BYPASS – This allows the user to see what the raw signal passing through the D400 looks like without any noise cancellation. When the D400 is in “Bypass” mode, the Template LED’s are extinguished.
All three front panel buttons apply their actions globally (i.e. to all channels).
Standalone or software control
The D400 is a standalone device and does not need any software, however, our Control Panel replicates the three physical front panel buttons on the D400 and also provides the following additional features:-
- Individual control of the Clear, Hold and Bypass functions for each channel.
- Ability to toggle the input signal on and off, allowing the noise template to be visualised in isolation from the signal of interest.
The Digitimer D400 is NOT a mains noise filter, making this the main reason it is a special, and unique as a standalone multi-channel device. Filtering often results in phase shifts, frequency loss, amplitude errors, DC shifts, time delays or digital distortion, but the D400 will eliminate 50/60Hz electrical interference (and harmonics) without altering your signal of interest.
I am particularly interested in measuring brain activity in the gamma frequency range - won't the D400 distort my data?
No, absolutely not. This is one of the key features of active noise cancellation devices, in that they syncronise with the local mains frequency whether it is 50Hz or 60Hz and will ignore components of the input waveform even if they overlap with these mains frequencies. As a result, many researchers interested in signals within the gamma band will opt for devices like the D400.
The D400 adapts rapidly when the input signal is dominated by noise and proceeds more slowly when low amplitude noise is embedded within continuous physiological activity. Adaptation is also slower for harmonics with frequencies greater than 1kHz.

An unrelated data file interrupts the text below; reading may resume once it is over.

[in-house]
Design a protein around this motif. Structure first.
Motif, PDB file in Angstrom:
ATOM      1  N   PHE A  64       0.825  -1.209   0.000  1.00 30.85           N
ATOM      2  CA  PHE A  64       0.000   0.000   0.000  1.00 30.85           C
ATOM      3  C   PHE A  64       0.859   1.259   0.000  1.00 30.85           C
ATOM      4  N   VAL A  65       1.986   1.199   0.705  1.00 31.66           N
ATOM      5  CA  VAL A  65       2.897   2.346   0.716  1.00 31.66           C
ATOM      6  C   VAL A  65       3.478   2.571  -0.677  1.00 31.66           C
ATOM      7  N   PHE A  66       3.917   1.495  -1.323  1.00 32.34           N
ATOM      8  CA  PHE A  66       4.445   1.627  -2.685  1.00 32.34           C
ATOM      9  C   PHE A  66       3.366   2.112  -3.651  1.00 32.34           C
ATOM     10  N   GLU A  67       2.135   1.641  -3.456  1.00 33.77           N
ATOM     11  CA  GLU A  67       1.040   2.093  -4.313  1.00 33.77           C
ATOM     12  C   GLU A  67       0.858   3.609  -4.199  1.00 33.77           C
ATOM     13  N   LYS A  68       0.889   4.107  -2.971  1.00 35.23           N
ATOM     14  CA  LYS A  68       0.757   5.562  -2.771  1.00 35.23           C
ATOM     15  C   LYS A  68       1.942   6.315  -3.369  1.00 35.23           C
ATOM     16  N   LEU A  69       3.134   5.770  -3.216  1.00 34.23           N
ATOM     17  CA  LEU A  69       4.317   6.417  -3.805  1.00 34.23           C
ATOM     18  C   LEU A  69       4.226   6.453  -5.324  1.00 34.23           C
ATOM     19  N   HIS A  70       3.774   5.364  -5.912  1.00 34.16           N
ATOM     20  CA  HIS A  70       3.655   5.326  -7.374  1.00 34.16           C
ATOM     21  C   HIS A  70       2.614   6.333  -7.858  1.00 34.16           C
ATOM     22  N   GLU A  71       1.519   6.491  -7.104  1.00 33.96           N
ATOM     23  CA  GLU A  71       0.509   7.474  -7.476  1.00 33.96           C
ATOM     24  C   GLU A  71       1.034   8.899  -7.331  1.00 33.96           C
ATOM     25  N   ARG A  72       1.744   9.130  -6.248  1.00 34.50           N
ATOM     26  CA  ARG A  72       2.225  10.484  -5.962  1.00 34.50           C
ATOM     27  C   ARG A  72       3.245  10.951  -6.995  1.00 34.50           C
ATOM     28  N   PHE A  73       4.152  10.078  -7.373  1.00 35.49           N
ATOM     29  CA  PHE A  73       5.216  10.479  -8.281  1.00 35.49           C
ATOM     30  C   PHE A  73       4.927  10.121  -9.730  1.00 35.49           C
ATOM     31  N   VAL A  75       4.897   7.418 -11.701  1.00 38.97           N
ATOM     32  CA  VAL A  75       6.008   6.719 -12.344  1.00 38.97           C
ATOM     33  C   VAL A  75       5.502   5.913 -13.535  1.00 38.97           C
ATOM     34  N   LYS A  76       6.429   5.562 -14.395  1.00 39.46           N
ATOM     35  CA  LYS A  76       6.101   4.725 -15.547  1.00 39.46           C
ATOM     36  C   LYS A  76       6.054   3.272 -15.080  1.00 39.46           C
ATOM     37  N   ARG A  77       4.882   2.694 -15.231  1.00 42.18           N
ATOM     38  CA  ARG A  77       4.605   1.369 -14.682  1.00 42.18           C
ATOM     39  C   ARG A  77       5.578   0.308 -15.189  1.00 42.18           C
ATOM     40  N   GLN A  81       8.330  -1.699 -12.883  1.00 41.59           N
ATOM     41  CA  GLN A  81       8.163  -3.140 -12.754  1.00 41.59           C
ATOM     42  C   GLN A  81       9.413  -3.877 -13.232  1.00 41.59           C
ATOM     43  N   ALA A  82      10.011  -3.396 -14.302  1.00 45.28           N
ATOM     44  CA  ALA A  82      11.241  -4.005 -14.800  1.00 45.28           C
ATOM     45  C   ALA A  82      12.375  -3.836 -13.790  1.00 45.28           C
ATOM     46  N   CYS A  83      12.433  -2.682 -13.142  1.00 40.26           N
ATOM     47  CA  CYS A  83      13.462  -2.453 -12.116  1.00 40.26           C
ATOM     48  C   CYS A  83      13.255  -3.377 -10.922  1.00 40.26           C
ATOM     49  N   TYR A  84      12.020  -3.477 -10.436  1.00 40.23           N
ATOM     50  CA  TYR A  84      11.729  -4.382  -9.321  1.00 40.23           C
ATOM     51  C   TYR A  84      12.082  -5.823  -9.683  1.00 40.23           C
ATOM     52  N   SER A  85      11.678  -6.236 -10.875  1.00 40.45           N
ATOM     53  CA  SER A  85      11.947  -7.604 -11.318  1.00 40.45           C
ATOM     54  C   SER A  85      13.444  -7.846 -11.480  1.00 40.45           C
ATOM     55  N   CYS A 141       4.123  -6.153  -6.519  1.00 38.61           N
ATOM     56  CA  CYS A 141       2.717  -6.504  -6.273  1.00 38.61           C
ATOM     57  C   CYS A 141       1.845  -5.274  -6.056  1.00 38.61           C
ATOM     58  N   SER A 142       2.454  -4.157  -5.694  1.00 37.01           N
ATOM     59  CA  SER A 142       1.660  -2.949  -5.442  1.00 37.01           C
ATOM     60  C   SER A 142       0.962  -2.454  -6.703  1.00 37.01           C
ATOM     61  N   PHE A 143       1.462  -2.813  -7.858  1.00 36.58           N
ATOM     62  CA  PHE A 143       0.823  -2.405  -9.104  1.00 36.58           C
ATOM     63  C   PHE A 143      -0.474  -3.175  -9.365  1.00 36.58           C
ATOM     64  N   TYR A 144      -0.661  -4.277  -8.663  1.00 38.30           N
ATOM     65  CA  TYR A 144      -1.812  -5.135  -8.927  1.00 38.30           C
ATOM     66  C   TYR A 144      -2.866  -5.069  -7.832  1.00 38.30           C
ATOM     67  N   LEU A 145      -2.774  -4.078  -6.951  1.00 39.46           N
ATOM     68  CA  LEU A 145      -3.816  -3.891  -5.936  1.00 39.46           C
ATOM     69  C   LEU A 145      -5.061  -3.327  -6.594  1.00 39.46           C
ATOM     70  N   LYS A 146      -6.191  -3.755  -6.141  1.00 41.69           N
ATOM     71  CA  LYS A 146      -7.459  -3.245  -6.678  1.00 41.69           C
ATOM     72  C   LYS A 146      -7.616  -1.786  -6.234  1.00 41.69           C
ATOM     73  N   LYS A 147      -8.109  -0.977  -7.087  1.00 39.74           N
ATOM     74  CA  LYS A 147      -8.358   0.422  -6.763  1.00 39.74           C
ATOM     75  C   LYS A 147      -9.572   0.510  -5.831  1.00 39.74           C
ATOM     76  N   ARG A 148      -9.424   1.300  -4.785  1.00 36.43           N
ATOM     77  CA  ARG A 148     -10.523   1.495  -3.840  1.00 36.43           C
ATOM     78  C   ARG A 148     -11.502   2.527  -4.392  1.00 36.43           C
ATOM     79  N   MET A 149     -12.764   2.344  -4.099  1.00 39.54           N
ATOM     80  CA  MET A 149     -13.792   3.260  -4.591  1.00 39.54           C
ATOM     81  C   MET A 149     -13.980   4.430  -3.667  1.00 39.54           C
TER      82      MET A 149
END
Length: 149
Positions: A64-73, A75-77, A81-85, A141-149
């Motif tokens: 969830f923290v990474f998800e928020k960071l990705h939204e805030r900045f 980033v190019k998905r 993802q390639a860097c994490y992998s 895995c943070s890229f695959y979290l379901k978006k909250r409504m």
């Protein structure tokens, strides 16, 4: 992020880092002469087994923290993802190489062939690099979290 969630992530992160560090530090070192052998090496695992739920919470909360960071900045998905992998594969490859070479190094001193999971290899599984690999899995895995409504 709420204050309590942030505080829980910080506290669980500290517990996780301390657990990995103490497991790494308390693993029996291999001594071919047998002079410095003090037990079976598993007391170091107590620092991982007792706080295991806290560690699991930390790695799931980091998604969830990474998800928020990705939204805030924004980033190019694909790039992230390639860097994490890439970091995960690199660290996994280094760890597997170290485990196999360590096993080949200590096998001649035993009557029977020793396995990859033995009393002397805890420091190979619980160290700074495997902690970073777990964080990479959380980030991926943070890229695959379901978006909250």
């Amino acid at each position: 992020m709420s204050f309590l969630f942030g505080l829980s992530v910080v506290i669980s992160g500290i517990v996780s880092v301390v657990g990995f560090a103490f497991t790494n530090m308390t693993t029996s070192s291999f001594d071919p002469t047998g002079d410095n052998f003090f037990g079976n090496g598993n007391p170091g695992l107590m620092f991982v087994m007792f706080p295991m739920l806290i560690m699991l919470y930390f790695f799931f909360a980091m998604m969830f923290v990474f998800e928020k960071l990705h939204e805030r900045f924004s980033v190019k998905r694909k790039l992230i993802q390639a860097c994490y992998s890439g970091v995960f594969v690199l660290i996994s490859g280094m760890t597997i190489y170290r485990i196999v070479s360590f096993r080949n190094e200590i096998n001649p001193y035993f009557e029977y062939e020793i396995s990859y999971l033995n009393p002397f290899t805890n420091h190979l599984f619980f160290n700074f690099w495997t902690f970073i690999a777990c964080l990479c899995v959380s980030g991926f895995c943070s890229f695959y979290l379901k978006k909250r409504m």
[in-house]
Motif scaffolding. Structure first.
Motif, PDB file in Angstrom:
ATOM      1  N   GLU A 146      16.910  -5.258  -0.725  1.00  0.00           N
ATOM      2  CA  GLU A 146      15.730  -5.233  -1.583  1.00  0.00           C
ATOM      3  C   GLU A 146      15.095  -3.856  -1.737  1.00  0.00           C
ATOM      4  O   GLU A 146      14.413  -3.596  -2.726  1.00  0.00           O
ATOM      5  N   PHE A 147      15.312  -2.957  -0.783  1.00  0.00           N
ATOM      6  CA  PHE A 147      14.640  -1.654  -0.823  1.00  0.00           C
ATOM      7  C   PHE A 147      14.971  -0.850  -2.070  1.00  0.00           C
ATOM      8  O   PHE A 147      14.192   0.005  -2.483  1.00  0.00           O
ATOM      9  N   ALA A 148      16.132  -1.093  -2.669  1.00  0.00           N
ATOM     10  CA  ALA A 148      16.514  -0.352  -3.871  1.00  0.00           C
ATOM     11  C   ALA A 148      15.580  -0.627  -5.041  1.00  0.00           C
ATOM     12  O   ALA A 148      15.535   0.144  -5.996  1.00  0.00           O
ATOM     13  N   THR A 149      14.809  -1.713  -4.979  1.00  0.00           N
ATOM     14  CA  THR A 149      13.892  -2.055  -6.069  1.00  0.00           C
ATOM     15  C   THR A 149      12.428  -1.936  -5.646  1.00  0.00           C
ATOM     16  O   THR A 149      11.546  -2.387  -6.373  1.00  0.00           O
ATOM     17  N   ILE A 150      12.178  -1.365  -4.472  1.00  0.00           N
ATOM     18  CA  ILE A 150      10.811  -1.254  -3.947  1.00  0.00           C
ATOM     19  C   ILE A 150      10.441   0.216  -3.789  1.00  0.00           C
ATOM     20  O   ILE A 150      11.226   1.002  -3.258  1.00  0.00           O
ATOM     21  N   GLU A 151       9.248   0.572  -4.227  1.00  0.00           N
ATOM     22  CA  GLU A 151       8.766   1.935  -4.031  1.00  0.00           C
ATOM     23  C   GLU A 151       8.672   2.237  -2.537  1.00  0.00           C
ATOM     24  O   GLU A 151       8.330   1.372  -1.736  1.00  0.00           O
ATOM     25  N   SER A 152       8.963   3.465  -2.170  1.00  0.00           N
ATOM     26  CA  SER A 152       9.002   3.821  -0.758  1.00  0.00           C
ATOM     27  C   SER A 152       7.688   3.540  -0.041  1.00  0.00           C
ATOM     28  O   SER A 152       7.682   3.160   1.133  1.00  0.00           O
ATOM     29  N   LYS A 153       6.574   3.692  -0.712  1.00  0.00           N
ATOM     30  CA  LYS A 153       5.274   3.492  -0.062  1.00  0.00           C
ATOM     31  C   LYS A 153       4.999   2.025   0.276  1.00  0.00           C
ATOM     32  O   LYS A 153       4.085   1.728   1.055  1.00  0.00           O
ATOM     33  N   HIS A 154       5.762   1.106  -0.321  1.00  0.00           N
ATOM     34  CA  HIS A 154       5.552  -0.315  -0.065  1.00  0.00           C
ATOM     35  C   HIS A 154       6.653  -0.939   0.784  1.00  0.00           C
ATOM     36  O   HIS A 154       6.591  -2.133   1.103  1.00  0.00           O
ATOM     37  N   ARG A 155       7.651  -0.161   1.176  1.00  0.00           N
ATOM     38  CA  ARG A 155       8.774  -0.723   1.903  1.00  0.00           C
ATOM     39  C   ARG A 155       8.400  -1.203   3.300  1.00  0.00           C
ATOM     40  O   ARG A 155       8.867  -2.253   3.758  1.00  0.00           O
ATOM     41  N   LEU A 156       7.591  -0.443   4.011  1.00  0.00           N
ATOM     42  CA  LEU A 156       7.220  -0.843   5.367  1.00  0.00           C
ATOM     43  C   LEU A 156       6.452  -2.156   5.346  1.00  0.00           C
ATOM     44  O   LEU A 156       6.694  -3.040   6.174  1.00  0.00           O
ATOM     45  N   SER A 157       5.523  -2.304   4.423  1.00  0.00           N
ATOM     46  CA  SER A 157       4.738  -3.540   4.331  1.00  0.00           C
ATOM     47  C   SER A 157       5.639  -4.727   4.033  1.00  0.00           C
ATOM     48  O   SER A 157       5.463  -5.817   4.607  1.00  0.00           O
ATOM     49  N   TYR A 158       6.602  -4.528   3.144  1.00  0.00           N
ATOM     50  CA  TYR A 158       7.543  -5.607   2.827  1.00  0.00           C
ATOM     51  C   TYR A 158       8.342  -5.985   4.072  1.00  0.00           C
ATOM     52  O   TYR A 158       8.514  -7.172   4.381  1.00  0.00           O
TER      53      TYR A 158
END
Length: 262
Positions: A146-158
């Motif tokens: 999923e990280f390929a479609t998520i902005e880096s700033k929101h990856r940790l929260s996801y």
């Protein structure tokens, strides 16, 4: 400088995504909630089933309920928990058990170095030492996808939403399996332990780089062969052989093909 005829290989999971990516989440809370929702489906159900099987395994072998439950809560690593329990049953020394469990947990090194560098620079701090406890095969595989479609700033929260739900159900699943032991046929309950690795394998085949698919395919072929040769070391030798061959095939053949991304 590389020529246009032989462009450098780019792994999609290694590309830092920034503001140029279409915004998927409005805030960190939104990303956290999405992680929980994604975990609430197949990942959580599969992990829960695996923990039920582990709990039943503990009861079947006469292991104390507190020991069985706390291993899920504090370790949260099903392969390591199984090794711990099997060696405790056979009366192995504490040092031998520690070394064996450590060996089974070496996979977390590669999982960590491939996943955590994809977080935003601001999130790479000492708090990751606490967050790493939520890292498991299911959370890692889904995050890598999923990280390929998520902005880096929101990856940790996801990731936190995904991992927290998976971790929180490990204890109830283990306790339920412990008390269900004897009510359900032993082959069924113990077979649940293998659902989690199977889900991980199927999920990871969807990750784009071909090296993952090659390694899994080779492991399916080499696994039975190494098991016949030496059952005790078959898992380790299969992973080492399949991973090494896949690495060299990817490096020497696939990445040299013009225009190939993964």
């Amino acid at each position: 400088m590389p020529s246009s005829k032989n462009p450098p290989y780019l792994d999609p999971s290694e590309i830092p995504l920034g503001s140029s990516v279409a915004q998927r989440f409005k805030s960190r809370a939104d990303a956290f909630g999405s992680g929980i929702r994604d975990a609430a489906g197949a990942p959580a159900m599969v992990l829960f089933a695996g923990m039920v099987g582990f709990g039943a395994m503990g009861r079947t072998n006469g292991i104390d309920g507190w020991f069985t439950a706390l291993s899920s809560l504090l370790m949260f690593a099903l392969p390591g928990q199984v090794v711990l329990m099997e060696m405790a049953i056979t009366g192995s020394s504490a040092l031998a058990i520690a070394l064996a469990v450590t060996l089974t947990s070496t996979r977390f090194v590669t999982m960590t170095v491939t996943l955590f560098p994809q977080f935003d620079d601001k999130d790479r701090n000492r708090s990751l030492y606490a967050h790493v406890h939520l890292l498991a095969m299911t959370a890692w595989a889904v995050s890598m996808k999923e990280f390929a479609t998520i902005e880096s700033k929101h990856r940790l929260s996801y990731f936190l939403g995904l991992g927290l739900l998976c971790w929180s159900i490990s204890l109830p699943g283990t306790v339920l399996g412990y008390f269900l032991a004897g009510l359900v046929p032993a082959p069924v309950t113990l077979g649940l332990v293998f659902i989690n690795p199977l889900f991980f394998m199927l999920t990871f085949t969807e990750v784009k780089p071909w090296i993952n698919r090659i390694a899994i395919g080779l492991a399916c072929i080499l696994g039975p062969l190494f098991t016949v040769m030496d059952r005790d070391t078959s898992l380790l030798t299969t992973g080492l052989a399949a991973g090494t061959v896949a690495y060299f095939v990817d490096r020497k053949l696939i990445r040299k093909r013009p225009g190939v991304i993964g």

I understand that the D400 constructs a noise template which is subtracts from the signal, but is the same template used for all channels?
No, the D400 has a distinct noise template for each channel. This means that it is theoretically possible to share one D400 across more than one electrophysiology rig, although there may be issues when any of the function buttons need to be used, as their actions are applied globally to all channels.
The obvious benefit is that the user can control the D400 without having to look away from or move from their computer screen when using the clear, hold or bypass controls. However, the other advantage is that individual channels can be controlled separately from the software. This may be of use in a rig that has 4 parallel brain slice recordings and the operator only wants to make adjustments to one of them, without affecting the other electrophysiological recordings.
The D400 software also allows the user to visualise the noise template rather than the cleaned output signal, in order to verify exactly what is being subtracted from the amplified signal of interest.
I see that you provide Windows compatible software to control the D400 via a USB connection - is it absolutely necessary to use this?
The Windows GUI is intended to be used in situations where the user cannot reach the D400 front panel or if they want to control the D400 on a per channel basis. If preferred, the D400 can be used as a standalone device without the USB connection or software control.